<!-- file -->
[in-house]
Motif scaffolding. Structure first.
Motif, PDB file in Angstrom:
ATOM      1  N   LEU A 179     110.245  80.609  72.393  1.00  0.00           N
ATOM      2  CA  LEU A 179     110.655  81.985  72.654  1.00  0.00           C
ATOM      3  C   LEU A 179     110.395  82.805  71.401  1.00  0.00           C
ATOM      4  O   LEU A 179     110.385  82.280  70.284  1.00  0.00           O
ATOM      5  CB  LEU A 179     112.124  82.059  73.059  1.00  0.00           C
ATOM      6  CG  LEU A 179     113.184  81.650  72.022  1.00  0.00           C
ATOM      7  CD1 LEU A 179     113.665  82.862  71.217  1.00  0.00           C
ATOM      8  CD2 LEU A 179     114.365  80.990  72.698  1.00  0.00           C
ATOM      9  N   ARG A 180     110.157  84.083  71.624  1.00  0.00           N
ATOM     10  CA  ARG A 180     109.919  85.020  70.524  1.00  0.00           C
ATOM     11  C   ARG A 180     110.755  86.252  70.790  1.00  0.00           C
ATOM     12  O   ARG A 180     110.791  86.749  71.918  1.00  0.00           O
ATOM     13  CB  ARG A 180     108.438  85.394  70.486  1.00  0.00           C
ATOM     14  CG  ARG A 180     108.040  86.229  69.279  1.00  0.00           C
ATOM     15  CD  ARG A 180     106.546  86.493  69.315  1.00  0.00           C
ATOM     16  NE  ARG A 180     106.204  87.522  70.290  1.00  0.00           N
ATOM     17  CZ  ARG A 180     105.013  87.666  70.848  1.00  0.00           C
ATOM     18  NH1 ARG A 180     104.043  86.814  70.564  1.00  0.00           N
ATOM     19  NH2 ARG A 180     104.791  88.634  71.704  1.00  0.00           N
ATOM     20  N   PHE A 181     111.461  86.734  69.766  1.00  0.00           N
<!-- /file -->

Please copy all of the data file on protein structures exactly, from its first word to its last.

[in-house]
Motif scaffolding. Structure first.
Motif, PDB file in Angstrom:
ATOM      1  N   LEU A 179     110.245  80.609  72.393  1.00  0.00           N
ATOM      2  CA  LEU A 179     110.655  81.985  72.654  1.00  0.00           C
ATOM      3  C   LEU A 179     110.395  82.805  71.401  1.00  0.00           C
ATOM      4  O   LEU A 179     110.385  82.280  70.284  1.00  0.00           O
ATOM      5  CB  LEU A 179     112.124  82.059  73.059  1.00  0.00           C
ATOM      6  CG  LEU A 179     113.184  81.650  72.022  1.00  0.00           C
ATOM      7  CD1 LEU A 179     113.665  82.862  71.217  1.00  0.00           C
ATOM      8  CD2 LEU A 179     114.365  80.990  72.698  1.00  0.00           C
ATOM      9  N   ARG A 180     110.157  84.083  71.624  1.00  0.00           N
ATOM     10  CA  ARG A 180     109.919  85.020  70.524  1.00  0.00           C
ATOM     11  C   ARG A 180     110.755  86.252  70.790  1.00  0.00           C
ATOM     12  O   ARG A 180     110.791  86.749  71.918  1.00  0.00           O
ATOM     13  CB  ARG A 180     108.438  85.394  70.486  1.00  0.00           C
ATOM     14  CG  ARG A 180     108.040  86.229  69.279  1.00  0.00           C
ATOM     15  CD  ARG A 180     106.546  86.493  69.315  1.00  0.00           C
ATOM     16  NE  ARG A 180     106.204  87.522  70.290  1.00  0.00           N
ATOM     17  CZ  ARG A 180     105.013  87.666  70.848  1.00  0.00           C
ATOM     18  NH1 ARG A 180     104.043  86.814  70.564  1.00  0.00           N
ATOM     19  NH2 ARG A 180     104.791  88.634  71.704  1.00  0.00           N
ATOM     20  N   PHE A 181     111.461  86.734  69.766  1.00  0.00           N